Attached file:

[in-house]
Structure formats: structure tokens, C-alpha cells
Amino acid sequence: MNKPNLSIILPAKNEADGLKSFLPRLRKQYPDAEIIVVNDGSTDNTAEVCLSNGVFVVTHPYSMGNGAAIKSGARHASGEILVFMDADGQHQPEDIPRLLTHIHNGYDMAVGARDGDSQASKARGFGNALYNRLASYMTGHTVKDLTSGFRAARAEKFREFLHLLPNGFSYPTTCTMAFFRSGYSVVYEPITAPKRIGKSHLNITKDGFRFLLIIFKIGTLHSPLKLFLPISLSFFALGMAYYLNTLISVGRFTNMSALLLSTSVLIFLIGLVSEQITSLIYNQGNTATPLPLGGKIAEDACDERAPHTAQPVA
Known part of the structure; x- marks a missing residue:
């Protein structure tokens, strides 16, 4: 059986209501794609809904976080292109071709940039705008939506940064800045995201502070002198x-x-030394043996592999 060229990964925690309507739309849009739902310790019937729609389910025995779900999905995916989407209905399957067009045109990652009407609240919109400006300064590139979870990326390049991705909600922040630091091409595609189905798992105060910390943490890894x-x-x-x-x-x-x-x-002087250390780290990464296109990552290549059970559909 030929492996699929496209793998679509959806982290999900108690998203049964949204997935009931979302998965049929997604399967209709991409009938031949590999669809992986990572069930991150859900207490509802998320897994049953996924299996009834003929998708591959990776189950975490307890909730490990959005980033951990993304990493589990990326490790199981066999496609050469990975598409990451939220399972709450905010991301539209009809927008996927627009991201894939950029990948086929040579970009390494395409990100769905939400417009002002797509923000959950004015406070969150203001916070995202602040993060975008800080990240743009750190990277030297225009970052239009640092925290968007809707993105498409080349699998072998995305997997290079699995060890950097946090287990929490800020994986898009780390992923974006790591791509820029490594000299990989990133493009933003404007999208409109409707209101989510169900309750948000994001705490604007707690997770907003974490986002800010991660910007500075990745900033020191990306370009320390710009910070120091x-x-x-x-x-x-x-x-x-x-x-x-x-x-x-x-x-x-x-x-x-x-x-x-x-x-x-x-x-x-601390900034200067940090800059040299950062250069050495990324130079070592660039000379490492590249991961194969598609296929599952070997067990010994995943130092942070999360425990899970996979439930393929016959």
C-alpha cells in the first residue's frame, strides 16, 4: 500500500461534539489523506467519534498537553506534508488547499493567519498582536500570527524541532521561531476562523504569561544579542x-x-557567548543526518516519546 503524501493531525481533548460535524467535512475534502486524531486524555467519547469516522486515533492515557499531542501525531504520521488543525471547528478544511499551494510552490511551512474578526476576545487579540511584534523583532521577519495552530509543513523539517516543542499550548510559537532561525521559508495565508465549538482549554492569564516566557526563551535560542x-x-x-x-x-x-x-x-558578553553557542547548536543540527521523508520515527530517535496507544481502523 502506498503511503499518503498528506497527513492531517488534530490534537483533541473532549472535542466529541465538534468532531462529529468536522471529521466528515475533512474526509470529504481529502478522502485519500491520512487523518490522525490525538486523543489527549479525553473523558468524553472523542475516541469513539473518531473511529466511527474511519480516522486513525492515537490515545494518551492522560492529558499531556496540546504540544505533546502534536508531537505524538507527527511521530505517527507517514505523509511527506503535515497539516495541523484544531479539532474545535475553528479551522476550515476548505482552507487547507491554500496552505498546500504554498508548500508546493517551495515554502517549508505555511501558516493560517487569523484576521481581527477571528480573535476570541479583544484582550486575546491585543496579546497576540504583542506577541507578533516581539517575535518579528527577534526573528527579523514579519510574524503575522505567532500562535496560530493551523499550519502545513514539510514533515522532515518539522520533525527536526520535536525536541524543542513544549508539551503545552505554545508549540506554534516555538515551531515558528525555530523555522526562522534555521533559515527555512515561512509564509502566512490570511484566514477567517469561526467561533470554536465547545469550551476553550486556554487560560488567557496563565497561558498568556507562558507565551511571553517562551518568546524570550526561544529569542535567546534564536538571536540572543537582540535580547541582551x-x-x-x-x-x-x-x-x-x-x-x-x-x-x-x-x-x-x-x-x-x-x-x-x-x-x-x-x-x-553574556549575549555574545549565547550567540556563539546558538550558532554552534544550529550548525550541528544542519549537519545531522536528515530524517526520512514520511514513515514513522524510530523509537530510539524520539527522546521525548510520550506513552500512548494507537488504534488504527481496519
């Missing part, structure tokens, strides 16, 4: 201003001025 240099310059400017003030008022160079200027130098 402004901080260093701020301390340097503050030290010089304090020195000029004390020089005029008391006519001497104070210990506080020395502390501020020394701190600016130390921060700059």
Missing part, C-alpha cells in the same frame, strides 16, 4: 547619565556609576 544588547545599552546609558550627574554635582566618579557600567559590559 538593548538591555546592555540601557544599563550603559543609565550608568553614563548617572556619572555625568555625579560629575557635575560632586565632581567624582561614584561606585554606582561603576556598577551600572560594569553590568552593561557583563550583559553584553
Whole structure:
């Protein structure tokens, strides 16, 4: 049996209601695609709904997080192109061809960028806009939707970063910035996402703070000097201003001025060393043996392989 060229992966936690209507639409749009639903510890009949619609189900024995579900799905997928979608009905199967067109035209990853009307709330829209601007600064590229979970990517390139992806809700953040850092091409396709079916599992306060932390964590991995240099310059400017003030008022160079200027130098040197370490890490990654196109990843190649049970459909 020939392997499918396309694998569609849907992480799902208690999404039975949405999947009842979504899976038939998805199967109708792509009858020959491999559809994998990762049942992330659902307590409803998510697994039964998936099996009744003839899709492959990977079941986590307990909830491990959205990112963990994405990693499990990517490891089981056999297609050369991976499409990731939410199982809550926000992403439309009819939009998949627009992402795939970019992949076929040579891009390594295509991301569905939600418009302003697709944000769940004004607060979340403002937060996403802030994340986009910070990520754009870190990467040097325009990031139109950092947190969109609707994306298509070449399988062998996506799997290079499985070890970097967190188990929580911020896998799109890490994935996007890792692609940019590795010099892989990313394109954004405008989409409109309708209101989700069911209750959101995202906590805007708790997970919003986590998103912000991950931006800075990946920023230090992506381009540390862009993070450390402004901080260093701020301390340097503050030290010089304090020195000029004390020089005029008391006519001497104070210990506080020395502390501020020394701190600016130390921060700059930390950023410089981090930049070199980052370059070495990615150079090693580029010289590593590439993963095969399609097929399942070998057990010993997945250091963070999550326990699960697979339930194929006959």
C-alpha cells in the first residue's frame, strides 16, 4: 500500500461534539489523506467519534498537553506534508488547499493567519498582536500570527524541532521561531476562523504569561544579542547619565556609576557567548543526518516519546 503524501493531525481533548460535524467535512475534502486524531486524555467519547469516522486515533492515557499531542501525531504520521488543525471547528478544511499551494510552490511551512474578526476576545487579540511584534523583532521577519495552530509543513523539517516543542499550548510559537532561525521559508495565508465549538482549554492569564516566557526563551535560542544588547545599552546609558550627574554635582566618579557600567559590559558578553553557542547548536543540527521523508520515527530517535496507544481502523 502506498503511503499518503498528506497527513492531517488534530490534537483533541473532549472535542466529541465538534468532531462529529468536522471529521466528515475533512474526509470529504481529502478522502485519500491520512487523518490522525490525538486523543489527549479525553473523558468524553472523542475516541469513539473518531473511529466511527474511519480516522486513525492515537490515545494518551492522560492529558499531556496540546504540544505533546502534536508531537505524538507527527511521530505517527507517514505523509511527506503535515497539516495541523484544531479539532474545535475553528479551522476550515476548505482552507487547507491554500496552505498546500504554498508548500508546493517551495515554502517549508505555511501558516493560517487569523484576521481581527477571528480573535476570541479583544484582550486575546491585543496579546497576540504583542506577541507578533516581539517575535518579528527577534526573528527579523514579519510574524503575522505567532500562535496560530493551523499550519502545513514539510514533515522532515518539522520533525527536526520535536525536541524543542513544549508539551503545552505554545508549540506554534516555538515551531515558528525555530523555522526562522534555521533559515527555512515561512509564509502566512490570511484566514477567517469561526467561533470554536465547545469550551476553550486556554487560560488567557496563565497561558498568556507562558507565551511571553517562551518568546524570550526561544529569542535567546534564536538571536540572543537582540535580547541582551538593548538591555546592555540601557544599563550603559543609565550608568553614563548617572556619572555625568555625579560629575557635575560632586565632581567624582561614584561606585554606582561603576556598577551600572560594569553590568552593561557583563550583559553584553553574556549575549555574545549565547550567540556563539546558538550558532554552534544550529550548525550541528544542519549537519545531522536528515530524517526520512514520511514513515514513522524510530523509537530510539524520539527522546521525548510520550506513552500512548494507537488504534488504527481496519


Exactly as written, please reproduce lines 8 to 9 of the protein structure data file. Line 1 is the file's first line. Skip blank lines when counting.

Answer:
Missing part, C-alpha cells in the same frame, strides 16, 4: 547619565556609576 544588547545599552546609558550627574554635582566618579557600567559590559 538593548538591555546592555540601557544599563550603559543609565550608568553614563548617572556619572555625568555625579560629575557635575560632586565632581567624582561614584561606585554606582561603576556598577551600572560594569553590568552593561557583563550583559553584553
Whole structure: